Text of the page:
Genetics sees the light

Laget Inc., along with UR staff, works on laser that activates genes

By Michael Wentzel
Democrat and Chronicle
Edward Schwarz, Michael Maloney and Paul Rubery, left to right, all UR professors, have formed a company that uses an ultraviolet laser to activate genes in the possible repair of bones damaged by degenerative disease. [Day in Photos]

(June 30, 2003) - If the scientists and physicians who make up a new company called Laget Inc. reach their goals, spine repair, degenerative arthritis and other diseases could be treated with the help of a little light.

Laget has licensed technology developed at the University of Rochester Medical Center, and most of the company's officers are on the university's faculty and surgical staff.

The technology uses ultraviolet laser light to activate therapeutic genes that would, for example, rebuild bones.

"A number of orthopedic companies have paid a tremendous amount of money for genes that can mediate a repair process, but they have no way to deliver these genes," said Edward M. Schwarz, president and founder of the company. "What Laget offers is a technology that can safely and effectively deliver their genes."

Gene therapy, however, remains controversial and experimental. Laget's plan is to form partnerships with medical device companies while research and development continues on the technology that Laget says addresses safety issues.

"We need more understanding of the molecular mechanism of this process. This is still a little bit like magic," said Schwarz, a UR associate professor of orthopedics.

The company is unlikely to become a manufacturer. But Laget will "generate know-how, a technology and a clinically viable technique to target genes that we will license to other companies," Schwarz said.

Gene therapy primarily involves inserting a "normal" gene that replaces an "abnormal," disease-causing gene. A molecule called a vector, which usually is a virus, is genetically altered to carry the normal gene and deliver it to a patient's target cells. Gene therapy also can be used to turn a gene on or off or increase its activity.

The U.S. Food and Drug Administration so far has not approved any human gene therapy product for sale. At least one person has died during a clinical trial and others have had serious reactions or side effects. The problems include controlling the delivery of the genes and the level of gene expression.

Laget's technology will use as a delivery vector an adeno-associated virus that Schwarz said is far safer than other viruses. The virus has a drawback, however; it delivers single-stranded DNA, which cannot cause gene expression.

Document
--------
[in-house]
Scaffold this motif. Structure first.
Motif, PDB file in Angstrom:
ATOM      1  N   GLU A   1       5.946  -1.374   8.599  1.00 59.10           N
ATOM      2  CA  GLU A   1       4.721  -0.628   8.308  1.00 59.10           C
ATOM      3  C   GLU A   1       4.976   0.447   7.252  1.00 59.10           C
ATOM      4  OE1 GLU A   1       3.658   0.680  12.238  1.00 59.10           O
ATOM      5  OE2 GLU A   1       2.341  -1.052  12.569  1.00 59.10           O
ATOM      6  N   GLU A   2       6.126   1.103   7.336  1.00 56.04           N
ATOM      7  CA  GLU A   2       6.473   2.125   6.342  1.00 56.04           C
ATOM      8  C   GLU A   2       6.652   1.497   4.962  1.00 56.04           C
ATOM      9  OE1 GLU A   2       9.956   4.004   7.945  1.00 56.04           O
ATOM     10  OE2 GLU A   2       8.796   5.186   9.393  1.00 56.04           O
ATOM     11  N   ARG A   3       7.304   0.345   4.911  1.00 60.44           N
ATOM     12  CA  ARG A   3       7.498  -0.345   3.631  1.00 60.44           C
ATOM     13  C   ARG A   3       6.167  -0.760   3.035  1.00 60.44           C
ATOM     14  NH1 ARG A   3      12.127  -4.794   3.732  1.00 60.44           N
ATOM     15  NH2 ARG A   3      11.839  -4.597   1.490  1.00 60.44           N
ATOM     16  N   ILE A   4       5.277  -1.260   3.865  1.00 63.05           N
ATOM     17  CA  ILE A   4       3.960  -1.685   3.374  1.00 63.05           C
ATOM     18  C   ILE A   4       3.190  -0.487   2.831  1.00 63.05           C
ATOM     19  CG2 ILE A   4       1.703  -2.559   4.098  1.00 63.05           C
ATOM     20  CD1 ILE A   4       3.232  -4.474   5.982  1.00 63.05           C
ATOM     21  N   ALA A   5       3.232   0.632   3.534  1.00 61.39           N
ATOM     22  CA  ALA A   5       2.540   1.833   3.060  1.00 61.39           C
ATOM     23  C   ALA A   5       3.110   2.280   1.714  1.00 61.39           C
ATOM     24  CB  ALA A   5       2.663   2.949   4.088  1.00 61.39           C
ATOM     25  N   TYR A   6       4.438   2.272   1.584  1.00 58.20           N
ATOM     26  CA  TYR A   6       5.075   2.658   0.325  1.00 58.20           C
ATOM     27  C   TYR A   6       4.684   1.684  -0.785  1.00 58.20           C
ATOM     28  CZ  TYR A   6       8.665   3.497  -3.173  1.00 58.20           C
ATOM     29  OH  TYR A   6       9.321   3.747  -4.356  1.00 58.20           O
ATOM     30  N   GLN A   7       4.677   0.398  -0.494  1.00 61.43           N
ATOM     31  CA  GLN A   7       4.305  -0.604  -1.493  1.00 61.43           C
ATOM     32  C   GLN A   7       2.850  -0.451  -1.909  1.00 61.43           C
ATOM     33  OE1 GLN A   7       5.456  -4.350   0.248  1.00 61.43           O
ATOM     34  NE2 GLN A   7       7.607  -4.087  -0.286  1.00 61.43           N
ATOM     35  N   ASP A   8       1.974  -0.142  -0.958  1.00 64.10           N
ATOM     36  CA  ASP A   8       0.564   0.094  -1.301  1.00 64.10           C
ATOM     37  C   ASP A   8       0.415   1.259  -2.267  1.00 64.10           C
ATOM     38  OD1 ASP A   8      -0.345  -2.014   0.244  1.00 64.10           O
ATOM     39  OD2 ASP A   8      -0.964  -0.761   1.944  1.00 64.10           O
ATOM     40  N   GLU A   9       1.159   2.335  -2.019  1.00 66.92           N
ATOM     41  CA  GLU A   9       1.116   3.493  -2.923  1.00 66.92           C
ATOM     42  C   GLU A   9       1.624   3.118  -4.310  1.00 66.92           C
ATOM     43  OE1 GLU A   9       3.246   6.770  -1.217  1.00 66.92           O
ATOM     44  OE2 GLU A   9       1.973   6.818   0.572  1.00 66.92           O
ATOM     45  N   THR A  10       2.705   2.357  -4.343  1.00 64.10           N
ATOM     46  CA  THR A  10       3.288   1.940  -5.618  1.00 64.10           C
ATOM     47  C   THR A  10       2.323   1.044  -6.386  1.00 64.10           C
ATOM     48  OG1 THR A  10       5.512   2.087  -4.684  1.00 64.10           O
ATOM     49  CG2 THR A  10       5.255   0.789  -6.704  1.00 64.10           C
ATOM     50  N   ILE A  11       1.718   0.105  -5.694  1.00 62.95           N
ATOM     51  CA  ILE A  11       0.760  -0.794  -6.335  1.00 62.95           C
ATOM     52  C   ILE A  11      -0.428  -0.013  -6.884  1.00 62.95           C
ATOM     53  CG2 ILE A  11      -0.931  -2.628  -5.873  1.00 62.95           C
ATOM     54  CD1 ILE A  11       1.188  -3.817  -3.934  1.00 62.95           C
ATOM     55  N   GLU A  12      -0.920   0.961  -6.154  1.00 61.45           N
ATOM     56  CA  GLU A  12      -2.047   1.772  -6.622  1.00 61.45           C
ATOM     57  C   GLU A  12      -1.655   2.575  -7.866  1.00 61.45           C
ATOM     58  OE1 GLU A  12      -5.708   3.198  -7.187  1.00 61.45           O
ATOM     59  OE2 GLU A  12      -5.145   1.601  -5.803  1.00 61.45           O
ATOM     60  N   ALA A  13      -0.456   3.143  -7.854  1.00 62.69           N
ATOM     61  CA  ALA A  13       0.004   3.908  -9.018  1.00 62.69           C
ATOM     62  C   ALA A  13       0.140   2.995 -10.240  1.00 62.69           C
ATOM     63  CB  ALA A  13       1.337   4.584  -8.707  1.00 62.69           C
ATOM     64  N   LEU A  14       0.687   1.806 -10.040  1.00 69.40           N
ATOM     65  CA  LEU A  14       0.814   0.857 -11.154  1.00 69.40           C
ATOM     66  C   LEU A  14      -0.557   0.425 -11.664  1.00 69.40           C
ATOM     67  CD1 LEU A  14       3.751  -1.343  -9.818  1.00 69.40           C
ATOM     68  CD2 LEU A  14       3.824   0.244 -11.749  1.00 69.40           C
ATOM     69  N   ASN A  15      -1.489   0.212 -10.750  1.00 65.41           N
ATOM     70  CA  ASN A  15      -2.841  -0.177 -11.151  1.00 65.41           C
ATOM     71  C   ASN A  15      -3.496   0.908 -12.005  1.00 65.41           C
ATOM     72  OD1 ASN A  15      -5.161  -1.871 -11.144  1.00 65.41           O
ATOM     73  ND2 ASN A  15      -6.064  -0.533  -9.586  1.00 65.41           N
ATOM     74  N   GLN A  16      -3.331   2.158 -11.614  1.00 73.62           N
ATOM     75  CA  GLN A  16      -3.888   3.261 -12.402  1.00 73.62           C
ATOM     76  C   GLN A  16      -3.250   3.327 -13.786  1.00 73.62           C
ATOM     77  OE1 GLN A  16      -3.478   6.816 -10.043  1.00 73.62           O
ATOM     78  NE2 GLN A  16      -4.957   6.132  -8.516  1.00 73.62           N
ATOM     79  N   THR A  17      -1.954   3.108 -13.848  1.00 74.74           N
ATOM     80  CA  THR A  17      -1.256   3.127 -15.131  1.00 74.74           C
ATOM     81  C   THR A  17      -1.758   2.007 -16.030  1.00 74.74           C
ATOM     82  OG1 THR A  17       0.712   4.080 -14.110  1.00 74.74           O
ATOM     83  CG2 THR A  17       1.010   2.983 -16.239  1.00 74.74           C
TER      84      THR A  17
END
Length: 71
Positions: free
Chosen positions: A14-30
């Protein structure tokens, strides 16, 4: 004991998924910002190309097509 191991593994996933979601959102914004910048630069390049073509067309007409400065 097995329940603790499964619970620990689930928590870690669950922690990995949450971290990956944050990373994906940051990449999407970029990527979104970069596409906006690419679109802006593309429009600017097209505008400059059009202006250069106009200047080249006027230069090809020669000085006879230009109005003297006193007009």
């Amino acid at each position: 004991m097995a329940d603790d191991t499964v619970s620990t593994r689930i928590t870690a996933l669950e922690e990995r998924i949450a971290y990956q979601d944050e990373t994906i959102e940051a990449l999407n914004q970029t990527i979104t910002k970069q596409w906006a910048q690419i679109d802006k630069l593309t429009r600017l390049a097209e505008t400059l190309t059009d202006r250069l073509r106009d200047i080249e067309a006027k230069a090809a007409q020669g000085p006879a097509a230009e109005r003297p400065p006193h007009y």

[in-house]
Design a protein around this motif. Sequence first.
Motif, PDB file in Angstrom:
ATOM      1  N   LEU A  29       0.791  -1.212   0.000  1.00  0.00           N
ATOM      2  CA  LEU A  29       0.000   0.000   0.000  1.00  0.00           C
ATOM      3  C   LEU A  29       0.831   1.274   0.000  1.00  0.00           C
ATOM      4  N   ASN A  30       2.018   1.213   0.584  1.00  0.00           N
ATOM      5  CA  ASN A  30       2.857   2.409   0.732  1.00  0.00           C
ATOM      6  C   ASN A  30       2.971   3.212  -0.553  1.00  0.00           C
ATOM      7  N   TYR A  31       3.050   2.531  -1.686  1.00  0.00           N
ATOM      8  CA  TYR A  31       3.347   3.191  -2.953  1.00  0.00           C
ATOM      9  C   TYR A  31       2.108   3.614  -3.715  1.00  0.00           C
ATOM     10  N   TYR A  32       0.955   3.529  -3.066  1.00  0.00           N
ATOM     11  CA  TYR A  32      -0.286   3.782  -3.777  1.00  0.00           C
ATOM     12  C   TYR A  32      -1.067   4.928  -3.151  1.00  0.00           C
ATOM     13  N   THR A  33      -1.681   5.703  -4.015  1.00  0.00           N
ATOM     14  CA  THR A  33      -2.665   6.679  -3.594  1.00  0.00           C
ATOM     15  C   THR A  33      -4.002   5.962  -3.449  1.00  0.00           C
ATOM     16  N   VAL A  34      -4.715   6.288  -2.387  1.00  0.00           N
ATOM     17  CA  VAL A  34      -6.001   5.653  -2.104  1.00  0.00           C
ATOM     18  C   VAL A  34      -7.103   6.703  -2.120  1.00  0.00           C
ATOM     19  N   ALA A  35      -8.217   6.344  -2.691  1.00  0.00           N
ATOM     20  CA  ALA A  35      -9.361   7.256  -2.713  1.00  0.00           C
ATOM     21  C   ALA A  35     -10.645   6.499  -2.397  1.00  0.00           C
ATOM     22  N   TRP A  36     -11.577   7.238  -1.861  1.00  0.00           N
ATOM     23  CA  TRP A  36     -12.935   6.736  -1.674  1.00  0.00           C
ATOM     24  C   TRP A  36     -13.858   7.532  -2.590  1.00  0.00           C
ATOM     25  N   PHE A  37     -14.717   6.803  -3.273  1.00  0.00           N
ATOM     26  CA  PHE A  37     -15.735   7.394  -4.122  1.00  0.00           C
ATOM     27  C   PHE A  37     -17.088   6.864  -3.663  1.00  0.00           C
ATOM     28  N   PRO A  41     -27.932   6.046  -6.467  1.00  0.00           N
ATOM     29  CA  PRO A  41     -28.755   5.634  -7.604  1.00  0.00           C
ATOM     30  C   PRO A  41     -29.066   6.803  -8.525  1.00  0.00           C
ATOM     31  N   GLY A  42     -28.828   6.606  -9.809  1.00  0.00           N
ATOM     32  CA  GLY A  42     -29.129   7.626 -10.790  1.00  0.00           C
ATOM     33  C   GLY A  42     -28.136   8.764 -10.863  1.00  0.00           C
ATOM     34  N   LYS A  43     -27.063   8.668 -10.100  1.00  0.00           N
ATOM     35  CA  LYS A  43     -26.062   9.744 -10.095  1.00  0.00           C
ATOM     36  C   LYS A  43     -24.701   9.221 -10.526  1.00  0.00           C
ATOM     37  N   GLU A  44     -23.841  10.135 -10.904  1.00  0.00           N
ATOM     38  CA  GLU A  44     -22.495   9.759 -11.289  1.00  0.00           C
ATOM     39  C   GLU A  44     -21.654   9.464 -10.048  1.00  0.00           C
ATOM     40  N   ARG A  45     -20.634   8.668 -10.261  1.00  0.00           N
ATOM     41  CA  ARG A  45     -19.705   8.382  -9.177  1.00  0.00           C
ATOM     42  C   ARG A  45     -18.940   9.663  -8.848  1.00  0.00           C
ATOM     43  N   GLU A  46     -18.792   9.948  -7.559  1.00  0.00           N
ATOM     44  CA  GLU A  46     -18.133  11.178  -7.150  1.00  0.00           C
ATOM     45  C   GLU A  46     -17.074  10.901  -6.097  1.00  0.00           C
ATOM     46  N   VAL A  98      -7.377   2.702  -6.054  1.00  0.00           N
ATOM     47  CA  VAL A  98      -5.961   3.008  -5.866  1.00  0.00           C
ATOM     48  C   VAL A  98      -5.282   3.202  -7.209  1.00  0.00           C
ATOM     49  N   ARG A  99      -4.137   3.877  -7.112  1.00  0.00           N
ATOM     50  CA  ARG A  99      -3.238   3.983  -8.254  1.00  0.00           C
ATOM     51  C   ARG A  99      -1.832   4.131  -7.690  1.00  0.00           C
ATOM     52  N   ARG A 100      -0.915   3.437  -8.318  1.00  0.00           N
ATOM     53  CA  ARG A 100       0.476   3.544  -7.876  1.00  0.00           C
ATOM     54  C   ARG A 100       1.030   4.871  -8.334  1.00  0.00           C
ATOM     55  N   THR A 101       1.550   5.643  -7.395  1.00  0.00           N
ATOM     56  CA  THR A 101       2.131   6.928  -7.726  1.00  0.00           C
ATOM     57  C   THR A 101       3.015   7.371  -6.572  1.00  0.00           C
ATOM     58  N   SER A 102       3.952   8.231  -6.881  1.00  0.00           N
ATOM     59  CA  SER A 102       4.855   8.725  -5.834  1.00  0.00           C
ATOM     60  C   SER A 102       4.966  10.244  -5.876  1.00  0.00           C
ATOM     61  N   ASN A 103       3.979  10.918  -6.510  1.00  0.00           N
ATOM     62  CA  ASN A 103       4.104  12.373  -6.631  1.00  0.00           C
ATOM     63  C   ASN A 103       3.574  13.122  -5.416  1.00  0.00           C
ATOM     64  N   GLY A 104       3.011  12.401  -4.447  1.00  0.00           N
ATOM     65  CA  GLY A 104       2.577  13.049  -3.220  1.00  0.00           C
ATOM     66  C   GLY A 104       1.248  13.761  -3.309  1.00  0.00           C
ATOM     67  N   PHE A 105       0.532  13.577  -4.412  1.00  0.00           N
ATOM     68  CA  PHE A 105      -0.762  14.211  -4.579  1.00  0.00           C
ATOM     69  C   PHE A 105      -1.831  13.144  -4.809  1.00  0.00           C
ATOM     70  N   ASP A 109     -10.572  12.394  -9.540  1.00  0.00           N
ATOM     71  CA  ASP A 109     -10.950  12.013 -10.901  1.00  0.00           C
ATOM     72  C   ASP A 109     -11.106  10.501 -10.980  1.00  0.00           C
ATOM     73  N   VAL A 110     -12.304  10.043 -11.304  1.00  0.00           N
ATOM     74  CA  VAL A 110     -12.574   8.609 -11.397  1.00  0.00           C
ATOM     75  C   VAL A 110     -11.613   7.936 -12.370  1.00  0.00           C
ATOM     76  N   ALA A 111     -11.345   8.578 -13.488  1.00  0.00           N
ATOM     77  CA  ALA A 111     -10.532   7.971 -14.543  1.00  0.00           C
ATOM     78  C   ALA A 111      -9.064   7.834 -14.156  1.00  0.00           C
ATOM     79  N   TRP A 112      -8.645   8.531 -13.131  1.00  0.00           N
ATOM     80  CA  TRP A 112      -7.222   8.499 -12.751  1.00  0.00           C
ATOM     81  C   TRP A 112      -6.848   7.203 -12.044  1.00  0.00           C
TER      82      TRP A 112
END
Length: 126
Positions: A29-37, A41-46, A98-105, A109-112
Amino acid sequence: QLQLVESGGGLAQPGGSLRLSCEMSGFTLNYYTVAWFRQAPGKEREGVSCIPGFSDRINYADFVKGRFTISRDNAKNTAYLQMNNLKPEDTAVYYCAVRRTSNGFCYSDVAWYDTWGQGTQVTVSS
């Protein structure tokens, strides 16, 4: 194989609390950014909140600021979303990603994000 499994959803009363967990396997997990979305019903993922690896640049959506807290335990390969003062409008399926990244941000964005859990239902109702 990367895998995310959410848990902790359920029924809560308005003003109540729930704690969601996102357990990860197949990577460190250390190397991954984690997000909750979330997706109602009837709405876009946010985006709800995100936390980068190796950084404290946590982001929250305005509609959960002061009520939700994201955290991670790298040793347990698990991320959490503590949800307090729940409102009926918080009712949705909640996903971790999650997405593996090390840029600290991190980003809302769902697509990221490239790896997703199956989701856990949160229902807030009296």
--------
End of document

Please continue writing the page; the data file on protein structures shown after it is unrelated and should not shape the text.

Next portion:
Laget's laser, using the technology and ultraviolet wavelengths patented by the UR, provides a solution, Schwarz said. The laser light, delivered to the target area through fiber-optic cables, induces the production of specific enzymes that orchestrate the generation of a complementary strand of DNA. The synthesis of the combined DNA initiates the therapy.

The process safely confines the gene therapy to the target area, Schwarz said.

"The ultraviolet light is a way to turn on the mechanism," said Dr. Regis O'Keefe, Laget's chief clinical officer and a UR orthopedic surgeon and researcher.

"The dose is far less than sunburn and it is directed to a defined area. You would get less ultraviolet radiation than you would get on a walk to your car on a sunny day."

The process, for example, could be used to treat damage to articular cartilage, the spongelike substance that provides a protective layer to joints such as the knee. Time and activity can erode the cartilage, eventually causing swelling and pain in the joint.

Many with the problem require joint replacement.

Laget proposes using a therapeutic gene known to stimulate growth of articular cartilage.

"It would teach the cells to make new cartilage," said Dr. Michael D. Maloney, a UR orthopedic surgeon who is a member of the Laget team.

The process has worked successfully in cellular experiments and in bone grafting in mice, Schwarz said.

Laget plans animal experiments involving cartilage growth and spinal fusion to develop the evidence necessary for approval of human clinical trials.

The laser also must be adapted for use in different kinds of surgeries.

Laget initially will focus on diseases of the bone and bone repair. But the approach could be used to deliver therapeutic genes to treat cancer and cardiovascular disease, said J. Jeffrey Goater, Laget's chief executive officer.

Laget formed about 18 months ago, taking its name from the technology, "light activated gene transduction."

The company, which rents space at the university and Vaccinex Inc., a Rochester biotechnology company, announced licensing the UR technology this month.

The Laget team also includes Thomas Foster, UR professor of radiology, and Dr. Paul T. Rubery Jr., a UR associate professor of orthopedics and a spinal surgeon.

The company recently closed a successful financing round with "angel" investors, Goater said. The money will support development of a laser prototype.

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